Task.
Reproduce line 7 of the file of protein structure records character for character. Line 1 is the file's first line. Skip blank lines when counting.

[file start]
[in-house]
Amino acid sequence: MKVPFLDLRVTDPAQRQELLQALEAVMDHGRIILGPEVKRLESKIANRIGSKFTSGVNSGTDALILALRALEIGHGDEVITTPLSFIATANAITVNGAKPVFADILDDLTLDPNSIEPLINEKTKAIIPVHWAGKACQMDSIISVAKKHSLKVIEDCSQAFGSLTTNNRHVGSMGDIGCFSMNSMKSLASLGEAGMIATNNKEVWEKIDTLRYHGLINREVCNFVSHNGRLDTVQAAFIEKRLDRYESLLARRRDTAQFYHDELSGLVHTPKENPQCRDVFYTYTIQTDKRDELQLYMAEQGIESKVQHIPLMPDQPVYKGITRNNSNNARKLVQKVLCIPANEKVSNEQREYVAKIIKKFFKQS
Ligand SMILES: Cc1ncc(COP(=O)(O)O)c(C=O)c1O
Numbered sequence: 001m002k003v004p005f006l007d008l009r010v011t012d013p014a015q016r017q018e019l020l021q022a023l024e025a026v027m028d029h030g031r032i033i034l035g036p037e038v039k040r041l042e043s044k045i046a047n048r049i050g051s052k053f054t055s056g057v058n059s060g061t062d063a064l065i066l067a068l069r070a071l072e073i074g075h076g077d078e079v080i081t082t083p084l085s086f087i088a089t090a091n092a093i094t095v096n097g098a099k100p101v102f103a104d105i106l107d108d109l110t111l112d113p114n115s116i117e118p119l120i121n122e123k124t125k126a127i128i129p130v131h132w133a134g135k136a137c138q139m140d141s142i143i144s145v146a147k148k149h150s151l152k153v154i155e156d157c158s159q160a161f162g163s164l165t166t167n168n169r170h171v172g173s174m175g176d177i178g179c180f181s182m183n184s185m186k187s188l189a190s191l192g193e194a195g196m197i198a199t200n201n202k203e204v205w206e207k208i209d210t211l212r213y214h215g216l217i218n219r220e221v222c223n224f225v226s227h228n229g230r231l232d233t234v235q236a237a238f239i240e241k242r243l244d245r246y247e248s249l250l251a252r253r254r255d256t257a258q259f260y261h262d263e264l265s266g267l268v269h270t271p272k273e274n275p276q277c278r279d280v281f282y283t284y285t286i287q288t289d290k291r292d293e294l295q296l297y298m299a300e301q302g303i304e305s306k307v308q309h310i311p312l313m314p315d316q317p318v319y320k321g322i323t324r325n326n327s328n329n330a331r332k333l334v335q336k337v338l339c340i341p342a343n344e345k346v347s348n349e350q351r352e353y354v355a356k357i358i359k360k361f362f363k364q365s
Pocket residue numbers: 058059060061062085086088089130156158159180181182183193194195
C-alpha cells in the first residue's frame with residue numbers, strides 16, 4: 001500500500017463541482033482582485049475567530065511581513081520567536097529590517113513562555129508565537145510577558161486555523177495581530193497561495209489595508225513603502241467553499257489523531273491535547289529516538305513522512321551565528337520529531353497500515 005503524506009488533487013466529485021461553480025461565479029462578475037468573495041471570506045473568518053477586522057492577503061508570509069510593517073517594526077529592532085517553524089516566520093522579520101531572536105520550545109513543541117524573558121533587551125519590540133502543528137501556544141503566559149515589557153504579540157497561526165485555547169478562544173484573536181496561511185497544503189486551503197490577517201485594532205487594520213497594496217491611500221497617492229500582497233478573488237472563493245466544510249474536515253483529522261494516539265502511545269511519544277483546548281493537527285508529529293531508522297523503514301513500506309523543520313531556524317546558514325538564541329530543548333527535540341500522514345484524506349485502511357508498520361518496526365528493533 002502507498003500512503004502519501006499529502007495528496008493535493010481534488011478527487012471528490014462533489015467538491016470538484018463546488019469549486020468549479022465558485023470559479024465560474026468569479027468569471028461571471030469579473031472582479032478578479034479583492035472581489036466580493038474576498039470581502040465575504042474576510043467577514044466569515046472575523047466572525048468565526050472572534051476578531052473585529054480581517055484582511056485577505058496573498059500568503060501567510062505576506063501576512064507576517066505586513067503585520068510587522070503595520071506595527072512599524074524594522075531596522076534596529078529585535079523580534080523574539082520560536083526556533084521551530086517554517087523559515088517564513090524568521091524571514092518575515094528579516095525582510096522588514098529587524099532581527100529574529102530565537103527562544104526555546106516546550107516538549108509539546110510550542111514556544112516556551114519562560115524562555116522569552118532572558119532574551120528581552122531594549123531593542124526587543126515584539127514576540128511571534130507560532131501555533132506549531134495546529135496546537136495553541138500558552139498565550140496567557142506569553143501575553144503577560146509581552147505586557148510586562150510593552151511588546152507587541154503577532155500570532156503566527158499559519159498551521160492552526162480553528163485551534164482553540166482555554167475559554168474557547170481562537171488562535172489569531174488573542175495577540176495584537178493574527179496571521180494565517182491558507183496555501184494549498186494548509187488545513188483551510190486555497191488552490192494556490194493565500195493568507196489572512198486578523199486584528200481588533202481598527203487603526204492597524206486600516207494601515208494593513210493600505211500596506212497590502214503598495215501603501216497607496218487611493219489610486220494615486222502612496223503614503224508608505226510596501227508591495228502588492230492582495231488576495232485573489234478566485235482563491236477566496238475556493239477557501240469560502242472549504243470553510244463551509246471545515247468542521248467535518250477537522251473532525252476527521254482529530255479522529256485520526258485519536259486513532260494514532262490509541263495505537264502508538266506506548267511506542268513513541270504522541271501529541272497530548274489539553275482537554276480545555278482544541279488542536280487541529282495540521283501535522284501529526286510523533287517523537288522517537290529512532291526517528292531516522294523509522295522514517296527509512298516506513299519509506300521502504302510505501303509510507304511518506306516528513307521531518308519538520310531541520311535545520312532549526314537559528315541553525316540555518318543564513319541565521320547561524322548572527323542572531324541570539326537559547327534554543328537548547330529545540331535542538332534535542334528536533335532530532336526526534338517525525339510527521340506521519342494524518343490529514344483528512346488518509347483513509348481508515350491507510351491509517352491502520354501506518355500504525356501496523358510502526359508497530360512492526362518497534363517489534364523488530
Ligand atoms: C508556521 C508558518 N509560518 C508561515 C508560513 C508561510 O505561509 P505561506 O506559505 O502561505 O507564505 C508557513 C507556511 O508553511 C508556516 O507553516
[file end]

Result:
Ligand atoms: C508556521 C508558518 N509560518 C508561515 C508560513 C508561510 O505561509 P505561506 O506559505 O502561505 O507564505 C508557513 C507556511 O508553511 C508556516 O507553516